Before leaving office, The Great Zerhouni left in place a policy to protect new investigator award quotas, as covered in Science:
Instead of relying solely on peer review to apportion grants, he set a floor–a numerical quota–for the number of awards made to new investigators in 2007 and 2008.
Last week on his final day as director, Zerhouni made this a formal NIH policy. He hopes his successors will keep it: “I think anybody who thinks this is not the number-one issue in American science probably doesn’t understand the long-term issues,” he says. The notice states that NIH “intends to support new investigators at success rates comparable to those for established investigators submitting new applications.” In 2009, that will mean at least 1650 awards to new investigators for R01s, NIH’s most common research grant.
… Although some scientists may see this as a kind of affirmative action, Zerhouni says it is not. To him, it is simply “leveling the playing field” by correcting peer reviewers’ bias against the young.
Science notes that this, um, redistribution of the wealth meant that NINDS, for example, funded only 9-10% of established PIs versus 25% of new investigators with comparable scores.
In a very interesting companion piece entitled The Graying of NIH Research (Science interviewed 20 researchers aged 70+), Roger Unger, 84, who maintains an NIH-funded lab at UT Southwestern Medical Center, says “I couldn’t agree more that we have to bring down the age of investigators.”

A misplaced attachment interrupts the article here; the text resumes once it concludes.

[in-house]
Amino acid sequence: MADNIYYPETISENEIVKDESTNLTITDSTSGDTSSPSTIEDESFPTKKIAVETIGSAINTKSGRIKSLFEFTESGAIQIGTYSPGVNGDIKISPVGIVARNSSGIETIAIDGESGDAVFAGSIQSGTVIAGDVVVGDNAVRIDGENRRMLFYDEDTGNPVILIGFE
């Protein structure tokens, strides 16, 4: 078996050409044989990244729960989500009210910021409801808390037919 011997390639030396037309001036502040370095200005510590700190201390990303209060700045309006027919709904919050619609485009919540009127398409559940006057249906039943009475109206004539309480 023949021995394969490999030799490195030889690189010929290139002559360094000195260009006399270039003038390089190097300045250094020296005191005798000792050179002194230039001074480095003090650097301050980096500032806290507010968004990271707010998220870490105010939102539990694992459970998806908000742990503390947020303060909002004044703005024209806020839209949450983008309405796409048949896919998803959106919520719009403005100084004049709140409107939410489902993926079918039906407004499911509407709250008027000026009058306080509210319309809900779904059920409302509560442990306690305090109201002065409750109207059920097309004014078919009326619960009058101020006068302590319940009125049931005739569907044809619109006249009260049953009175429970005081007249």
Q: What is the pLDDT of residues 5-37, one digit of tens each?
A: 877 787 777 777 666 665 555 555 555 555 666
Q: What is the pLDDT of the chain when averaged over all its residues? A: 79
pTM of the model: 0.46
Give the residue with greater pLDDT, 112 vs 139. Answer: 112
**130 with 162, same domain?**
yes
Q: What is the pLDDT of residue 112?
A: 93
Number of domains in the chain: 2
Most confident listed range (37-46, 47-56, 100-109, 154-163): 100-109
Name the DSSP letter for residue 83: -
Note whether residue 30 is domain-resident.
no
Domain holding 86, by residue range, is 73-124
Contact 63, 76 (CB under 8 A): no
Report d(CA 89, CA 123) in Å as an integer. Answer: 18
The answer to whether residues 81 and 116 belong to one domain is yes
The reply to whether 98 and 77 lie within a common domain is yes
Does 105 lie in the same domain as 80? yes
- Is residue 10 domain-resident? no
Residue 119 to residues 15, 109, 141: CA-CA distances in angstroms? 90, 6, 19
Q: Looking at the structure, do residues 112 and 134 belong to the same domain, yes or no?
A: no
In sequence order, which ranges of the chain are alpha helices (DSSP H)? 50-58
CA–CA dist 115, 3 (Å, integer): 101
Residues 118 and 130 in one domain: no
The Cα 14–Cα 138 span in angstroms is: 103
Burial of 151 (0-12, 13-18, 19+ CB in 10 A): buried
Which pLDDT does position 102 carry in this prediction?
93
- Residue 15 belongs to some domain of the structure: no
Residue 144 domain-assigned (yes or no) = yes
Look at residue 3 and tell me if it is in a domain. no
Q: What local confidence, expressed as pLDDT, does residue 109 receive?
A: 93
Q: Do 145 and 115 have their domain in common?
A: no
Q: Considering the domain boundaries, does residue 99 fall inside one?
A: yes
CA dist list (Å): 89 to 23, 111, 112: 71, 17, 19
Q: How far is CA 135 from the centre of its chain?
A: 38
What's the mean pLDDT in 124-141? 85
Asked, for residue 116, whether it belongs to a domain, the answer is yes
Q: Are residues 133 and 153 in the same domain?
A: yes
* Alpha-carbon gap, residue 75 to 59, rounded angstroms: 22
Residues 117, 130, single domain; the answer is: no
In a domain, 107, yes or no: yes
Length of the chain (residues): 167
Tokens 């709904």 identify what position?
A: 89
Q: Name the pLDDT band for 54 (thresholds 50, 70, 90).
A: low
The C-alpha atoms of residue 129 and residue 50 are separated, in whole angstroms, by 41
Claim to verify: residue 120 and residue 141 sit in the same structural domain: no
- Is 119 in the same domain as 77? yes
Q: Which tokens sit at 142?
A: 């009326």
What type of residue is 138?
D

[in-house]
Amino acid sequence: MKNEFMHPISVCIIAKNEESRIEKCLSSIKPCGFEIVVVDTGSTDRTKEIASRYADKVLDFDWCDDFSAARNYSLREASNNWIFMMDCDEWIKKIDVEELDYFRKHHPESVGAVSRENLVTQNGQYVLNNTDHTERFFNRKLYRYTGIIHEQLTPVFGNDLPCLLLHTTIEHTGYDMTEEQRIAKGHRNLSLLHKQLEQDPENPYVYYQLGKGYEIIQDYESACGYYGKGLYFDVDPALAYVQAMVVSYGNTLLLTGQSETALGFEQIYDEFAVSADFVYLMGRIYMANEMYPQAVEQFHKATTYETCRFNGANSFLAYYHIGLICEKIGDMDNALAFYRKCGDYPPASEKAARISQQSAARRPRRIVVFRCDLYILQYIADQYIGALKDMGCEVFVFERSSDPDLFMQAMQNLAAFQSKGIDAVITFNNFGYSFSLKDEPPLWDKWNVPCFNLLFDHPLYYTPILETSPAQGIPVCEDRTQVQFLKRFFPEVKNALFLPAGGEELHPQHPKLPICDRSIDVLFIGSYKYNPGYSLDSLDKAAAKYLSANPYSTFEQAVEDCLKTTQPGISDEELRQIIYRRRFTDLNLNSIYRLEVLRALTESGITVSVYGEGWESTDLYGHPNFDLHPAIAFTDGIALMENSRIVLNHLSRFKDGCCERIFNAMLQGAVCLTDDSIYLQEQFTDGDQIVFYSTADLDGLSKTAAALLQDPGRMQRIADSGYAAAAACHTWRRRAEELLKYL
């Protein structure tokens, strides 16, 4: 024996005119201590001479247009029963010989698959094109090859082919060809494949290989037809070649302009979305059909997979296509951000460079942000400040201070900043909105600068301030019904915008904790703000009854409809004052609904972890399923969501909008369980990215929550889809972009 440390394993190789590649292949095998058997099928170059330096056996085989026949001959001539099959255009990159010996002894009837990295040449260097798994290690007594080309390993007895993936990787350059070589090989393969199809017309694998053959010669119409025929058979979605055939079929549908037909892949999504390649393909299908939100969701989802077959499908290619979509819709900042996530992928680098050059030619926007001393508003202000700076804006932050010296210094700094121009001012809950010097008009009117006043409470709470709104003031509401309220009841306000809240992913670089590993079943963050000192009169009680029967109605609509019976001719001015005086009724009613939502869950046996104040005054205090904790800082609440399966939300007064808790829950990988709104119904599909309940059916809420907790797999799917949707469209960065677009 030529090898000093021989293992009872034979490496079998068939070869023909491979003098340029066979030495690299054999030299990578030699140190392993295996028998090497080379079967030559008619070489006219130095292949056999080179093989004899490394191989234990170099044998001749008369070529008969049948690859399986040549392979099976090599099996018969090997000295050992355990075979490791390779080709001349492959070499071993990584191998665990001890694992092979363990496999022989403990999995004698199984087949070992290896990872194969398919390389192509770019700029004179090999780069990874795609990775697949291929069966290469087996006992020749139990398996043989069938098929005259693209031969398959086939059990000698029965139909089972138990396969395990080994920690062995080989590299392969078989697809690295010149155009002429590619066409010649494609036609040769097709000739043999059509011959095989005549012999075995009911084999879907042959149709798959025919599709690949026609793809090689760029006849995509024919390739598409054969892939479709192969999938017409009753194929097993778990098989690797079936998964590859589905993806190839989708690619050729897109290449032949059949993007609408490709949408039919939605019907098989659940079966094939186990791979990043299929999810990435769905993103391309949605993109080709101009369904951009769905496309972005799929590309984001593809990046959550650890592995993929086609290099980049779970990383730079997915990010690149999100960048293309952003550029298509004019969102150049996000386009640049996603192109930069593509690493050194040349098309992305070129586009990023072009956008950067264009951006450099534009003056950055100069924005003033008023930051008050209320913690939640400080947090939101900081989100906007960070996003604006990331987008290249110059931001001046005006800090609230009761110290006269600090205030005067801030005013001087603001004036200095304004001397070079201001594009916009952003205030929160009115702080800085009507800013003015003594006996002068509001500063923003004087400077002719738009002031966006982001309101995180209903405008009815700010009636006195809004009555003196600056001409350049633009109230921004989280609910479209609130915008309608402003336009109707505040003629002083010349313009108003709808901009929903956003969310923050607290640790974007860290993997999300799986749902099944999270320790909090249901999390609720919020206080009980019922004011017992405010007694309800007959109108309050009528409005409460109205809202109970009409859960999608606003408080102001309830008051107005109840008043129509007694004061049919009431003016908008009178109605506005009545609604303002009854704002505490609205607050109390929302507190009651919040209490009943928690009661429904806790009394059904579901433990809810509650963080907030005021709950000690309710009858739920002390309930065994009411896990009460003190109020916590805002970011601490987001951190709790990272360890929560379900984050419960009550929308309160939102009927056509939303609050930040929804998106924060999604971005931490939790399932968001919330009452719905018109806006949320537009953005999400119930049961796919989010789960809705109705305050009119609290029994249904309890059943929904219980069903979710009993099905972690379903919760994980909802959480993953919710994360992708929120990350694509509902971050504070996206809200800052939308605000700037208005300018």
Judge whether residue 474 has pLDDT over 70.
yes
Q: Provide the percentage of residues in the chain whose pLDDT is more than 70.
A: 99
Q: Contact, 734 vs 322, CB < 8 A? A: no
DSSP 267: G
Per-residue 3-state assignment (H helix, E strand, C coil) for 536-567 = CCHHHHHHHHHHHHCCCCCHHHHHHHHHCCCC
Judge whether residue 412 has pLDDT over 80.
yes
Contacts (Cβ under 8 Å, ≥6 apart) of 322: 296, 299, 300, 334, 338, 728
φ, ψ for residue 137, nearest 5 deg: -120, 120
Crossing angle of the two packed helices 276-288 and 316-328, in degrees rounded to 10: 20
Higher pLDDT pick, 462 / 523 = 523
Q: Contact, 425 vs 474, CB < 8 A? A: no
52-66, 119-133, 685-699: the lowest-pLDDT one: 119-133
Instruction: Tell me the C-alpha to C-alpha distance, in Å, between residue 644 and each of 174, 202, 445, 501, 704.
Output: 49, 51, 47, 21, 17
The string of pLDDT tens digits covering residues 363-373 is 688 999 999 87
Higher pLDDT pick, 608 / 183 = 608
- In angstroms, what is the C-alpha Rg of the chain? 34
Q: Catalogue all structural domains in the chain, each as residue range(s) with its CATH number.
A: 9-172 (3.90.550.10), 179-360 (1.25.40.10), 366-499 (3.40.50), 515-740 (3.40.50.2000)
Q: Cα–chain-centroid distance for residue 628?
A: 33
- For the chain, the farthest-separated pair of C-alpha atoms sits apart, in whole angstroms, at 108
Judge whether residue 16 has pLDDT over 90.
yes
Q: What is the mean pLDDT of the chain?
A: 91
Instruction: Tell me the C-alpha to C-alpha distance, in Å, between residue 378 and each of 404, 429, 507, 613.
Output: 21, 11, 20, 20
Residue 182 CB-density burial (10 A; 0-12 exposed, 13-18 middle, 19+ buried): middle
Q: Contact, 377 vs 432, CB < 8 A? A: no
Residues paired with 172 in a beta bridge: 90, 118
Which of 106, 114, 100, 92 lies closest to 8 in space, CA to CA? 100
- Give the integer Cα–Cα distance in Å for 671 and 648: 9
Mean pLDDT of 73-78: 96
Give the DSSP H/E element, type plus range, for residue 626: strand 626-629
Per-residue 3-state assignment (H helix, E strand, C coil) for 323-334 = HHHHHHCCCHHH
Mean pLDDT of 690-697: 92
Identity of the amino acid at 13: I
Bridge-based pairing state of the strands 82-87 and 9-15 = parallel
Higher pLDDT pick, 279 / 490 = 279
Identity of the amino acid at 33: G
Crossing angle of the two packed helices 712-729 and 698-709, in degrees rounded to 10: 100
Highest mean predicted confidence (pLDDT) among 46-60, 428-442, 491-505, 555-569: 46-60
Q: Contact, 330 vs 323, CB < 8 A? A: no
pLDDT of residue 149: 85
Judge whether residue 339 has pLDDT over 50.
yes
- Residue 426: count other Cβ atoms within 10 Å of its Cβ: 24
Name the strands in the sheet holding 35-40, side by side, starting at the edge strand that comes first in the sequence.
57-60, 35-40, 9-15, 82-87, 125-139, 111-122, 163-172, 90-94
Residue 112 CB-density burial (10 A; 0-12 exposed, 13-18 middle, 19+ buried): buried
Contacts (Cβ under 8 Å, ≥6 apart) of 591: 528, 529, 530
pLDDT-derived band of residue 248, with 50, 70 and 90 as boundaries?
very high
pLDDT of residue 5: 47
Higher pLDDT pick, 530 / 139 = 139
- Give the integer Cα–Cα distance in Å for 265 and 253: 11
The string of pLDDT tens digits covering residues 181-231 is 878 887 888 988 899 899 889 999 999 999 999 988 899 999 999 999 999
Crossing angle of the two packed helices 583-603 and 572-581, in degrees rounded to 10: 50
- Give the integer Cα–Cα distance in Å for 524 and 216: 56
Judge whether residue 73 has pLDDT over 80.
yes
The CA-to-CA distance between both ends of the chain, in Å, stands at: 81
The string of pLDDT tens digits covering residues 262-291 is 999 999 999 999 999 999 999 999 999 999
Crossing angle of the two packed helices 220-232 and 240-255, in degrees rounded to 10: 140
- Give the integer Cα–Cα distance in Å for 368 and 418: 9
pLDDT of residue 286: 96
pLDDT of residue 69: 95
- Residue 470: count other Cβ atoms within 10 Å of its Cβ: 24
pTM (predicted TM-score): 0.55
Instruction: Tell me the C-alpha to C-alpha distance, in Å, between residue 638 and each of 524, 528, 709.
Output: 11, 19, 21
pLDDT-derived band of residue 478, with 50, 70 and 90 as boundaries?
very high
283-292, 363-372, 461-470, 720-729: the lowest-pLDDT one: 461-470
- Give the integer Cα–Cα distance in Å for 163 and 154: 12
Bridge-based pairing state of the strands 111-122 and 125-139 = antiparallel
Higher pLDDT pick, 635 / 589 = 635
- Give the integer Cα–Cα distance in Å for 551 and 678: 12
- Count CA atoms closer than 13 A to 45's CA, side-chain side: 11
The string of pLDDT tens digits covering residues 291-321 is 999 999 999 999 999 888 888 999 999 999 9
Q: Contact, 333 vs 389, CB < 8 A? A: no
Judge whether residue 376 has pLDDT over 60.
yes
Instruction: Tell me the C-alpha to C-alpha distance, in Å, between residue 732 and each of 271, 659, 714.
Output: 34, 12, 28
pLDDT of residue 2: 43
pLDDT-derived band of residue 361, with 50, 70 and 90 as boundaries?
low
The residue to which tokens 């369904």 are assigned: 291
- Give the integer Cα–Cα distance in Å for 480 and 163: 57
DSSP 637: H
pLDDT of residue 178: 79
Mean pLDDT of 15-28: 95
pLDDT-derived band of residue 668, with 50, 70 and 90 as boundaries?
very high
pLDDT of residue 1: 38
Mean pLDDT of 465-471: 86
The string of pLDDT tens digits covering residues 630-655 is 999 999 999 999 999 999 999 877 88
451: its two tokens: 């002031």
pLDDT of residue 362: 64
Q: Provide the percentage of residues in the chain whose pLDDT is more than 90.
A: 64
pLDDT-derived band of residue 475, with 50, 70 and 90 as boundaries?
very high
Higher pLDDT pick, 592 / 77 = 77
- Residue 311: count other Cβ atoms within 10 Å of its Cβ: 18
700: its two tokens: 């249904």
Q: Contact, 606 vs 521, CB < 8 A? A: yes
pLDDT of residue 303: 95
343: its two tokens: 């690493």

Among other observations made by these genuinely senior investigators was the shift in peer review emphasis:
One strong theme–a sense that the review process was more interested in originality in the past–emerged in comments from this generation of scientists who applied for their first grants in the 1960s or earlier, often in their 20s or early 30s. It was a different game, they say. Not only did NIH have plenty of money to go around, but peer reviewers wanted ideas, not preliminary data.
Of course, this shift back to novel ideas represents part of the priority for ongoing enhancements in NIH peer review. We’ll see.
In light of the recent sharp declines in foundation and corporate funding available for research (Science on top of this as well), some set-asides for hot new investigators will be even more important than ever.
Farewell, Great Zerhouni.